Fundy Tidal was established on Brier Island in 2006 as a result of local interest to generate marine renewable energy from the tidal currents of the Outer Bay of Fundy, including Digby Gut, Grand Passage and Petit Passage. Fundy Tidal’s focus is small-scale tidal energy projects that involve community ownership and local benefits.  The current Board of Directors and 57 shareholders include individuals and businesses from key communities in the Digby County area and around the province including Westport, Tiverton, Digby, Bear River, Weymouth, Meteghan, Wolfville, Halifax, Saulnierville and Yarmouth. The Northumberland Wind Field Inc., a CEDIF developing the 1.74MW Avondale Project in Pictou County under the wind power COMFIT, is also a founding shareholder of the company.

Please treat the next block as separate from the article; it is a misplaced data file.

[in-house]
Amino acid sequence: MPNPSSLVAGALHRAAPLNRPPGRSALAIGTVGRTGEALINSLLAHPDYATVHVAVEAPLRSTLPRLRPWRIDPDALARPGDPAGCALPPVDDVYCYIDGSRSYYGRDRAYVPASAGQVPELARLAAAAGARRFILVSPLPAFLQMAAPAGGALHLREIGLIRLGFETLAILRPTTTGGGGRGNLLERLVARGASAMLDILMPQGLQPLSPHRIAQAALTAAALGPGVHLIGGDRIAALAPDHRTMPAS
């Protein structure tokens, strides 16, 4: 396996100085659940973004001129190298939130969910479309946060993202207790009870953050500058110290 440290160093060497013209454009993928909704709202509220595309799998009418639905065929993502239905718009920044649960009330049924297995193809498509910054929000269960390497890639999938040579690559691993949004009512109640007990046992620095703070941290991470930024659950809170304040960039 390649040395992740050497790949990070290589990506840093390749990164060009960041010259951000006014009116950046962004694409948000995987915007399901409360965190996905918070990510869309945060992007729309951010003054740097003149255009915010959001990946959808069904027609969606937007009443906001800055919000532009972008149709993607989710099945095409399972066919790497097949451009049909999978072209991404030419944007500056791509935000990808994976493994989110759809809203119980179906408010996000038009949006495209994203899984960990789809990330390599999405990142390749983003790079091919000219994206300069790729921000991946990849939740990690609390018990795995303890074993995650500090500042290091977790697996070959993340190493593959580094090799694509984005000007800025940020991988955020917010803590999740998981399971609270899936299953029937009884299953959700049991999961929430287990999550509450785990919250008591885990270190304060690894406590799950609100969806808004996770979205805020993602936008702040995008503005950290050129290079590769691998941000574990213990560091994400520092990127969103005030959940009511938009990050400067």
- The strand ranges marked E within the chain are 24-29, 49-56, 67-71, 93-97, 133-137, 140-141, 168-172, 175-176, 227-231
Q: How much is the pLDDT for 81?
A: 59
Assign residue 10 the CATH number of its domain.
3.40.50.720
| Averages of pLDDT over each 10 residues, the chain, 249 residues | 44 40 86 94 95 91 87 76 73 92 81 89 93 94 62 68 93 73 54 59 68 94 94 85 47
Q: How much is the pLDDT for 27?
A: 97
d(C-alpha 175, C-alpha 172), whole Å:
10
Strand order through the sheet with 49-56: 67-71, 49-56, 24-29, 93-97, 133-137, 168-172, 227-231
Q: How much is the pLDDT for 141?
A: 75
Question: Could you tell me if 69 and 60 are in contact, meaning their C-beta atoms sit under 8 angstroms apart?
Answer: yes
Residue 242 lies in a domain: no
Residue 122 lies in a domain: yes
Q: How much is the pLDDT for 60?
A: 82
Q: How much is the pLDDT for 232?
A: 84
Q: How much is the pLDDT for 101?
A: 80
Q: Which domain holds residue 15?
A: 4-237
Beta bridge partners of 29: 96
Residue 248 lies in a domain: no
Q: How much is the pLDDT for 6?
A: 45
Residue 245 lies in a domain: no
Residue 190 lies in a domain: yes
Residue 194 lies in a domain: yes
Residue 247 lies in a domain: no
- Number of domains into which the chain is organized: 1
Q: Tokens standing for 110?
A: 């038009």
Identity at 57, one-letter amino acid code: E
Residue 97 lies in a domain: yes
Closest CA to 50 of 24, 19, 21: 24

“This is a key milestone for our company to not only raise additional capital for our projects but to meet the COMFIT requirement to have a successful CEDIF offering with at least 25 investors.” says Vince Stuart, Fundy Tidal president.

Fundy Tidal was in no way associated with the much larger tidal project now on hold in the Minas Basin.

I’m skeptical that tidal power will bring meaningful returns either economically or in power generation any time soon. I’m happy to be wrong about that.

But I’m even more skeptical of the CEDIF program. I’m not aware of even a single CEDIF project that has succeeded, while off the top of my head I can rattle off three that have failed: Seaport Farmers Market, Unique Solutions CEDIF, and now Fundy Tidal. Surely there must be some successes, but I’d like to see a success rate for the program over all.

7. Cats